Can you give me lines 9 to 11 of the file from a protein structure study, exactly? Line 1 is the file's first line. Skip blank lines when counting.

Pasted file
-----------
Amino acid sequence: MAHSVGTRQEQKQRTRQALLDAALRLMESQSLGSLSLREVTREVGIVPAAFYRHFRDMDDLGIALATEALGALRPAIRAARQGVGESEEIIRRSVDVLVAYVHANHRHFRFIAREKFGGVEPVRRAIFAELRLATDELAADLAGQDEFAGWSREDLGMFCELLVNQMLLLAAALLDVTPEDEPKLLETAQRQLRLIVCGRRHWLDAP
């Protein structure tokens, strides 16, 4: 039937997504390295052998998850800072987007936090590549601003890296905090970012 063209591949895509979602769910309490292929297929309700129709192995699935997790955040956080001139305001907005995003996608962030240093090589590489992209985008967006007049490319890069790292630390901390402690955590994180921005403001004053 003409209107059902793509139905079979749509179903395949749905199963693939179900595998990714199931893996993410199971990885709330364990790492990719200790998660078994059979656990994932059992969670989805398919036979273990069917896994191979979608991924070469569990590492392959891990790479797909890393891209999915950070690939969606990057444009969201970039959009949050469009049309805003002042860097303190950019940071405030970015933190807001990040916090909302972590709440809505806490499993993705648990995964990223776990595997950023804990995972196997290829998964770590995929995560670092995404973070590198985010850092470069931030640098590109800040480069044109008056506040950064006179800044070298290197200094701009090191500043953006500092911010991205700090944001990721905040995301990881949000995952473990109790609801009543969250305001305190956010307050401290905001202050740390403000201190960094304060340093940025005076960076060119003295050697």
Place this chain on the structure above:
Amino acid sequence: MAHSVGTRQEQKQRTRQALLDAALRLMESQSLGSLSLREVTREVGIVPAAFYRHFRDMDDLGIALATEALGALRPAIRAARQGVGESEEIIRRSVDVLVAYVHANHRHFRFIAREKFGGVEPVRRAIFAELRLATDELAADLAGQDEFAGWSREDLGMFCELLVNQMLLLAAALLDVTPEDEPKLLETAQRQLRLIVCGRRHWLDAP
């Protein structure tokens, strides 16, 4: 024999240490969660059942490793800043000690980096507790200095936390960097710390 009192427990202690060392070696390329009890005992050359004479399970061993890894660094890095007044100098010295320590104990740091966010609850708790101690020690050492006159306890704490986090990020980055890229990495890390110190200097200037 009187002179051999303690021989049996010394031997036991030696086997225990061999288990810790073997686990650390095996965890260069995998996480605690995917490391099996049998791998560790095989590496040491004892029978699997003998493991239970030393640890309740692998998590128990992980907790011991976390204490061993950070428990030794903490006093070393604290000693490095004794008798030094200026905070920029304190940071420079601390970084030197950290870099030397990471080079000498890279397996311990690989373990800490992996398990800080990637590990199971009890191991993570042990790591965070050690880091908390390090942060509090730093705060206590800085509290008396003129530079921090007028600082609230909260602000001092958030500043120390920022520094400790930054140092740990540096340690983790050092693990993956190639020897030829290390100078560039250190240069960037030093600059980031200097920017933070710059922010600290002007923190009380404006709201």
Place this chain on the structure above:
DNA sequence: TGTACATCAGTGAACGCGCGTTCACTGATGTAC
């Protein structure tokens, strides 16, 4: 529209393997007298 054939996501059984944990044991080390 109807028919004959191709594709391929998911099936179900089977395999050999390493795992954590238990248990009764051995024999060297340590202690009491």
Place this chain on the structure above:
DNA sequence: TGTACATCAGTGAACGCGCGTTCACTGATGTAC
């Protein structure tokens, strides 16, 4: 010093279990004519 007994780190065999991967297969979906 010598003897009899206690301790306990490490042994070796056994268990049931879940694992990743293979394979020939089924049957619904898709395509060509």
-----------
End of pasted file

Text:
Place this chain on the structure above:
DNA sequence: TGTACATCAGTGAACGCGCGTTCACTGATGTAC
């Protein structure tokens, strides 16, 4: 010093279990004519 007994780190065999991967297969979906 010598003897009899206690301790306990490490042994070796056994268990049931879940694992990743293979394979020939089924049957619904898709395509060509």